View From the Road

View From the Road: An Axe to Grind, Part 1

John Funk | 26 Jul 2010 17:00
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It's a safe bet that in almost any discussion about an MMOG (any MMOG) on the internet, there will invariably be somebody who jumps in to the thread, complains about the game being a "grind," and then leaves like the proverbial internet Batman. Some have even suggested that "grind" is just something central to the MMOG concept, and that trying to remove it from a Massive title would be excising the very core of the game.

It's true that many MMOGs - particularly older ones - are built around the idea of the grind, but that doesn't mean they all are. The modern MMOG is steadily moving away from this core concept, though some games are quicker to pick up on it than others. In other words, just because some RTSes are about building a bunch of tanks and sending them at your enemy, that doesn't mean that all of them are. Perhaps one of the biggest hurdles in discussing the idea of the grind is that it may have a different meaning for people who don't play MMOGs. Or, in the words of Inigo Montoya: You keep on using that word; I do not think it means what you think it means.

How do you define grind? For all we complain about the idea, it's an awfully nebulous concept. The most obvious definition - and one that I think most people default to - is "to do something over and over." If you are repeating one particular action over and over, the idea goes, you are grinding. Ergo, since in MMOGs you repeat the act of killing any number of monsters over and over, it is a grind.

Hang on a minute. Yes, you're killing enemies over and over again. Don't you do that in every game where combat is a major element of the experience? I must have killed hundreds of enemy soldiers and evil mutants in playing Singularity for our review the other week, but I haven't heard anyone calling that a grind. The entire point of TF2 is to kill members of the other team; I haven't done anything but kill REDs and BLUs since 2008 ... but that's not a grind, is it? (The crafting, on the other hand...)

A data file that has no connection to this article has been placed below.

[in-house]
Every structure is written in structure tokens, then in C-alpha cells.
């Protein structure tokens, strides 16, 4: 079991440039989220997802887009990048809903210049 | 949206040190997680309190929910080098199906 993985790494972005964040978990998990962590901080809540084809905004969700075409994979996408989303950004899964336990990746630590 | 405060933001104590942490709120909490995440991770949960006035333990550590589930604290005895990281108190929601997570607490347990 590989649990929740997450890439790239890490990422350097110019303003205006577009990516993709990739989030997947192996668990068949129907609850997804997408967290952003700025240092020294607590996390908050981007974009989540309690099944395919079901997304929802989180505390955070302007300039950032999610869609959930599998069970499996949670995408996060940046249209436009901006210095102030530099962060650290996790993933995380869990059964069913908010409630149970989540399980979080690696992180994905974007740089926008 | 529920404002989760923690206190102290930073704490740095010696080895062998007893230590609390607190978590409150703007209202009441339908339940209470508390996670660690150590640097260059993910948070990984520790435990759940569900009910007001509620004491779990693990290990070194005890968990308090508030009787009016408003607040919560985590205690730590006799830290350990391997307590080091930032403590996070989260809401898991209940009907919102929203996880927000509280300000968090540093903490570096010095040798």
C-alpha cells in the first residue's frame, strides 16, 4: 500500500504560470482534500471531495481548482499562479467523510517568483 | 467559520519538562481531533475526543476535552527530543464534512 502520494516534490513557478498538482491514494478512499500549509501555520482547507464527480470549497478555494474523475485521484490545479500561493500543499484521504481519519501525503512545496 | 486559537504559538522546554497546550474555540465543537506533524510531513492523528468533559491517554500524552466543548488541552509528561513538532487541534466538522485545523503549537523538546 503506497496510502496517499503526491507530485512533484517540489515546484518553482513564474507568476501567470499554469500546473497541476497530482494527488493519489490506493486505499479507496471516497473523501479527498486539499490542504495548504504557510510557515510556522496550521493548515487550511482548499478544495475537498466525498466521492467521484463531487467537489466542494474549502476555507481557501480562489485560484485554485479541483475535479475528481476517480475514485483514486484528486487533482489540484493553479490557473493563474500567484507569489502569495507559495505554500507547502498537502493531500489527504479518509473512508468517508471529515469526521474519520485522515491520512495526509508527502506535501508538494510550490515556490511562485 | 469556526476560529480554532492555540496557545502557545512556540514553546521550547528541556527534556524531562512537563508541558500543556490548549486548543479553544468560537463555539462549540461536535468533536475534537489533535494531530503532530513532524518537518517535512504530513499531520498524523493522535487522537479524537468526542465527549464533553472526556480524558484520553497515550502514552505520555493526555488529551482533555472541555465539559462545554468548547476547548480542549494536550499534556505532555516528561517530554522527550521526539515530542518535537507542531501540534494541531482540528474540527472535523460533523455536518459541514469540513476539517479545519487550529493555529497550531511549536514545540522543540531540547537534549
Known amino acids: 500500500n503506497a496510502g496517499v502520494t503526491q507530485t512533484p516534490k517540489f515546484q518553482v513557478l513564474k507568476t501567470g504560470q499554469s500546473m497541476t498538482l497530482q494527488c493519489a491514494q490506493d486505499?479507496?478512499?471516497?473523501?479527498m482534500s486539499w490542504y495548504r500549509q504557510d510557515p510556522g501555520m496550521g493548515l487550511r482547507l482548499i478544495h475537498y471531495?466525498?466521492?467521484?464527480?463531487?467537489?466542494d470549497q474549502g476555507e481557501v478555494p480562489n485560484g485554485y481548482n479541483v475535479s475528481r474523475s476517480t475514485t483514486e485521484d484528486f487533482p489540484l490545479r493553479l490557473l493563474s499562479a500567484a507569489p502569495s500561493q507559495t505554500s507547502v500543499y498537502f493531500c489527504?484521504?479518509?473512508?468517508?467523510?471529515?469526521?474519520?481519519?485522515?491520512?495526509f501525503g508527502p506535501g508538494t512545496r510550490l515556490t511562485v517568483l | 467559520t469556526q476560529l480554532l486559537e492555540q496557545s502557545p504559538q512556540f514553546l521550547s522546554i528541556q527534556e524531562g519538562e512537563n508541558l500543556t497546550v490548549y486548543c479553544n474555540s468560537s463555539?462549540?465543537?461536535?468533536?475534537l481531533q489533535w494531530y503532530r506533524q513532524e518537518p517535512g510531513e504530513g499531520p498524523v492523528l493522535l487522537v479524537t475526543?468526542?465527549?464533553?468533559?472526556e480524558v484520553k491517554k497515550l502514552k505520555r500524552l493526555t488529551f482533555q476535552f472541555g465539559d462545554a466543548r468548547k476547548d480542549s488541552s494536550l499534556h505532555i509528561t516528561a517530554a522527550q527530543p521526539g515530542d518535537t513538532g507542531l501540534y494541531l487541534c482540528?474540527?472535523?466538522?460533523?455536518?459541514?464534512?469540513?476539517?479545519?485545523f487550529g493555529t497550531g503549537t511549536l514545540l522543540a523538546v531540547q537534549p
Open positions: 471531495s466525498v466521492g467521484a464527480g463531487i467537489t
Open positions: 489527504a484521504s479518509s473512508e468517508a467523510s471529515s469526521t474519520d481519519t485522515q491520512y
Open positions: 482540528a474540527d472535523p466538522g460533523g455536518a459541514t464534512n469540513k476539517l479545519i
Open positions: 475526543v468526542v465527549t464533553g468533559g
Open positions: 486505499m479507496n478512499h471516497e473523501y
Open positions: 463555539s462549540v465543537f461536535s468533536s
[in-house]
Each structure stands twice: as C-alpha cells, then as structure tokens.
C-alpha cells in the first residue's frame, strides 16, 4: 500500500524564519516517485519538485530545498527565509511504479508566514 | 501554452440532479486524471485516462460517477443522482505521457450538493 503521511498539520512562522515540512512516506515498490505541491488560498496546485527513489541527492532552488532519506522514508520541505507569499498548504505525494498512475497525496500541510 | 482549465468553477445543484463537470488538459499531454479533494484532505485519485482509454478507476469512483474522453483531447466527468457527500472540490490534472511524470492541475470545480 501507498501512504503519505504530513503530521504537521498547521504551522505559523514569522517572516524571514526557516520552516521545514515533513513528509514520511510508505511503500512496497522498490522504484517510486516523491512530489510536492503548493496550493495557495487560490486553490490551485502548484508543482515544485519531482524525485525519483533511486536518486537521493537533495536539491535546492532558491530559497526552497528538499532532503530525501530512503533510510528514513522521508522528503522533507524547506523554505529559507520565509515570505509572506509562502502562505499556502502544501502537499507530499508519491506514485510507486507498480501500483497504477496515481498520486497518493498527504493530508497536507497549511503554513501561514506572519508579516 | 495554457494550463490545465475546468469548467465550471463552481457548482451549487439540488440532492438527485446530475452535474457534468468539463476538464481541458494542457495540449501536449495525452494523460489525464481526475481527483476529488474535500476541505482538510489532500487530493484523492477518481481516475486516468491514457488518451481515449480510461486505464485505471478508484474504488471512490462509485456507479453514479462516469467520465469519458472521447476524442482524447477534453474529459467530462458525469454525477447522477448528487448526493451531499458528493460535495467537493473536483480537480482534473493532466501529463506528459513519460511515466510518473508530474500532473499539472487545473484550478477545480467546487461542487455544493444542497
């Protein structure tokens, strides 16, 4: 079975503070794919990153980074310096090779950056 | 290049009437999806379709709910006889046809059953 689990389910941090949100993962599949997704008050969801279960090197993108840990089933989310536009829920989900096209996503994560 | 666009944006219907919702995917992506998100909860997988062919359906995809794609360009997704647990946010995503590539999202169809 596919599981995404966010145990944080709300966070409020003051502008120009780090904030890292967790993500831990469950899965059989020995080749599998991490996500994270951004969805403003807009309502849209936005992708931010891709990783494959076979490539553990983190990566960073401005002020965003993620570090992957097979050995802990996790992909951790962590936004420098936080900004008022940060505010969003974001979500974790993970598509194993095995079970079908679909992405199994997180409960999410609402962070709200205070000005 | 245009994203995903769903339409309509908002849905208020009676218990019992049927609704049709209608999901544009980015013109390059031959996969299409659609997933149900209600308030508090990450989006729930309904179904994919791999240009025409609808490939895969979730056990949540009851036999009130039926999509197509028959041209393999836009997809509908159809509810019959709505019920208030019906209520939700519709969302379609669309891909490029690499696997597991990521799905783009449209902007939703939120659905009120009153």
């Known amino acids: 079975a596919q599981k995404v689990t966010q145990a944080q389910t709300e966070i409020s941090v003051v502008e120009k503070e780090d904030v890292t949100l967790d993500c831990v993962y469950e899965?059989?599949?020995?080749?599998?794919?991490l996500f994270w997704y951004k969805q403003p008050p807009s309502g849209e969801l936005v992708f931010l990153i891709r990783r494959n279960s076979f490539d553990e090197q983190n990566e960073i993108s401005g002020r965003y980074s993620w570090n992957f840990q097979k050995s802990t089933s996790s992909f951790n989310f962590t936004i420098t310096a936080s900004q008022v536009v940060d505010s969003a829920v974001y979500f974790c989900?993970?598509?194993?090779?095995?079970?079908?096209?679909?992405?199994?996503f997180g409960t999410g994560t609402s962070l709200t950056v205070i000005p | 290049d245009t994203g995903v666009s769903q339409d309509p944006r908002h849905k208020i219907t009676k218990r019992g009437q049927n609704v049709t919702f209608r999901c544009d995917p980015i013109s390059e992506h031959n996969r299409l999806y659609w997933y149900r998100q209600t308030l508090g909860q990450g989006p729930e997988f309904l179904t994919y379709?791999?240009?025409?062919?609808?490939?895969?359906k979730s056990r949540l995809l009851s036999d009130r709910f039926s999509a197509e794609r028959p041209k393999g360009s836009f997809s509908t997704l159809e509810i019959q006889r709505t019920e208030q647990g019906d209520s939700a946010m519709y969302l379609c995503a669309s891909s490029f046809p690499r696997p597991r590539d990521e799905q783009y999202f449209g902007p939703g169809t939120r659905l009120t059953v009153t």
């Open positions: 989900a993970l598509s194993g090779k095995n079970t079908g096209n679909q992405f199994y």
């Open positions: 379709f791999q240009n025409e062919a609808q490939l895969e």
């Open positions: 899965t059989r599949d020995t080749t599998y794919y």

The perceived difference between killing thousands of enemies in an MMOG and killing tons of enemies in Uncharted 2, of course, is that Nate Drake is murdering with a purpose in order to advance the story. He's not killing thugs to reach the next level, he's slaughtering them by the bucketload because they're after a mythical treasure or whatever, and letting them get the treasure would be vaguely unpleasant. Likewise, in TF2, the objective is to capture the flag or push the bomb-kart - killing the other team just happens to be something you do in the process.

Last night, I was stonewalled in my replay of Pokémon Platinum by the Fighting-type Gym Leader, whose final battler was simply too much for my underleveled team to handle. So off I went to the wilderness around the city, knocking out wild Pokémon one at a time to slowly build my team up to the level they needed to be in order to stand a chance. Everyone here would probably agree that that is grinding, no? So what's the difference?

The difference comes down to a matter of intent. True, my ultimate goal in Pokémon was to face and defeat the Gym Leader, but the immediate goal I was working toward was simply to make that little blue bar fill up enough times to have the numbers that I needed to have. In other games, the combat and killing is what you do on your way to an objective; grinding is when the combat and killing is the objective. Or, to put it in a more pithy, concise statement: Grinding is the action of systematically repeating a particular action or series of actions in order to accomplish a larger goal.

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